13:50 GMT +315 December 2019
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    Australia is growing confident that the debris found on La Reunion Island earlier this week comes from the disappeared Malaysia Airlines MH370 plane in the Indian Ocean.

    Australia More Certain About Reunion Island Debris Coming From MH370 Plane

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    Australia is growing confident that the debris found on La Reunion Island earlier this week comes from the disappeared Malaysia Airlines MH370 plane in the Indian Ocean.

    MOSCOW (Sputnik) – Australia, which has led the search for the disappeared Malaysia Airlines MH370 plane in the Indian Ocean, is growing confident that the debris found on La Reunion Island earlier this week comes from the aircraft, the country’s Deputy Prime Minister Warren Truss told Sky News Australia on Friday.

    "The aircraft part is almost certainly a small piece of the wing of a Boeing 777, and MH370 was in fact…conducted on a Boeing 777," Truss said.

    Asked about a suitcase that washed up on the shore of the French island in the Indian Ocean on Wednesday, along with a wing fragment of a plane, Truss said that "it is less likely that the suitcase is related to the MH370 incident than the aircraft part that has been identified."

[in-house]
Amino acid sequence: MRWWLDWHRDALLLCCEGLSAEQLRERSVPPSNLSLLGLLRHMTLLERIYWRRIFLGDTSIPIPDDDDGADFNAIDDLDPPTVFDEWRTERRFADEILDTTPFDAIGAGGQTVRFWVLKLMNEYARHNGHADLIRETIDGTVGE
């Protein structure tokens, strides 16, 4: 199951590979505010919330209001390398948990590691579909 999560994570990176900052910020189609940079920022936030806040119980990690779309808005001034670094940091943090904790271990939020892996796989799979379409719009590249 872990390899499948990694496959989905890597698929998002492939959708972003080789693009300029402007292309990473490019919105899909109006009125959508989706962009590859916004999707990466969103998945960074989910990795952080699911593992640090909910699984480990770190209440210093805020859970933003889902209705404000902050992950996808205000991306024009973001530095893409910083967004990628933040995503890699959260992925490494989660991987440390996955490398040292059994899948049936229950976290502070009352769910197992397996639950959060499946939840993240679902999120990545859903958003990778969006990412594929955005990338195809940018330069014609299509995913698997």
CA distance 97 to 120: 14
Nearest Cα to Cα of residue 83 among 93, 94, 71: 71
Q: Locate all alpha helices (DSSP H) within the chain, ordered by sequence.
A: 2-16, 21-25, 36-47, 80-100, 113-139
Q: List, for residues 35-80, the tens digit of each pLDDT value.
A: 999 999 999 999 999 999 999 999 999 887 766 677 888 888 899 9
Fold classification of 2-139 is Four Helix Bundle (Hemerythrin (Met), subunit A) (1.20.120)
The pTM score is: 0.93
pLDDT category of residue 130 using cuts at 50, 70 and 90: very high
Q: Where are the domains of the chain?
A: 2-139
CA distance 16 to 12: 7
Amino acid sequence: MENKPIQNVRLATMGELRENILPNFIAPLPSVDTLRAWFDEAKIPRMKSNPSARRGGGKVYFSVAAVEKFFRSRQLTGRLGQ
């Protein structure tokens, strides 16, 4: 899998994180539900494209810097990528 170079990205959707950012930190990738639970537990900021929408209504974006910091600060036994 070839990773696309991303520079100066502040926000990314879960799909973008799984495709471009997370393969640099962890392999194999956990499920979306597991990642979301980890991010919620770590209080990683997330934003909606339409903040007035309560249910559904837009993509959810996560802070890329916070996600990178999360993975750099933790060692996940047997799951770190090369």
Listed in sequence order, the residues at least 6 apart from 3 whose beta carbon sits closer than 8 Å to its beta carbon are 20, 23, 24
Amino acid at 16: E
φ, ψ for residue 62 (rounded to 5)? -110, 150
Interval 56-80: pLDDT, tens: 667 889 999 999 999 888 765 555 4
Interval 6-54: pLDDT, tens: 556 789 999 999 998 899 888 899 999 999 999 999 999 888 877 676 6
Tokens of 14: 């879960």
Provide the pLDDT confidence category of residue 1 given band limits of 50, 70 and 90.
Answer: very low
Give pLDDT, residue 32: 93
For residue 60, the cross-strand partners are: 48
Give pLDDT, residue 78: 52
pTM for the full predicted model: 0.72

Le Journal de l’Ile de La Reunion newspaper published a photo of the flaperon (a moveable part on a plane’s wing that is lowered or raised to manage the roll or bank of the aircraft) that washed up on the shore of the Reunion island on Thursday.

    The wing part has "657 BB" stamped on it – the same serial number that the Boeing aircraft maintenance manual lists for one of the MH370 Boeing 777 plane’s "flaperon leading edge panels," the local newspaper said.

    The wing fragment has been sent to Toulouse, France to be investigated further by French and Malaysian experts.

    Malaysia Airlines flight MH370, en route from Kuala Lumpur to Beijing, disappeared from radar screens on March 8, 2014, less than an hour after takeoff. There were 227 passengers and 12 crew members on board.

    Based on an analysis of aircraft performance data, experts suspect that the plane crashed in the southern Indian Ocean.

    La Reunion island lies about 4,000 kilometers (2,485 miles) from the area considered the most likely impact zone.

    The Australian government’s Joint Agency Coordination Centre (JACC) has been leading the MH370 search operation. Australia, Malaysia and China have agreed to implement a joint recovery plan if the wreckage of the aircraft is found, which includes securing all the evidence necessary for a proper investigation into the accident.

    Topic:
    MH370: A Baffling Mystery Solved? (25)

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    Tags:
    disappearance, plane, debris, Malaysia Airlines MH370, Reunion Island, Indian Ocean, Australia
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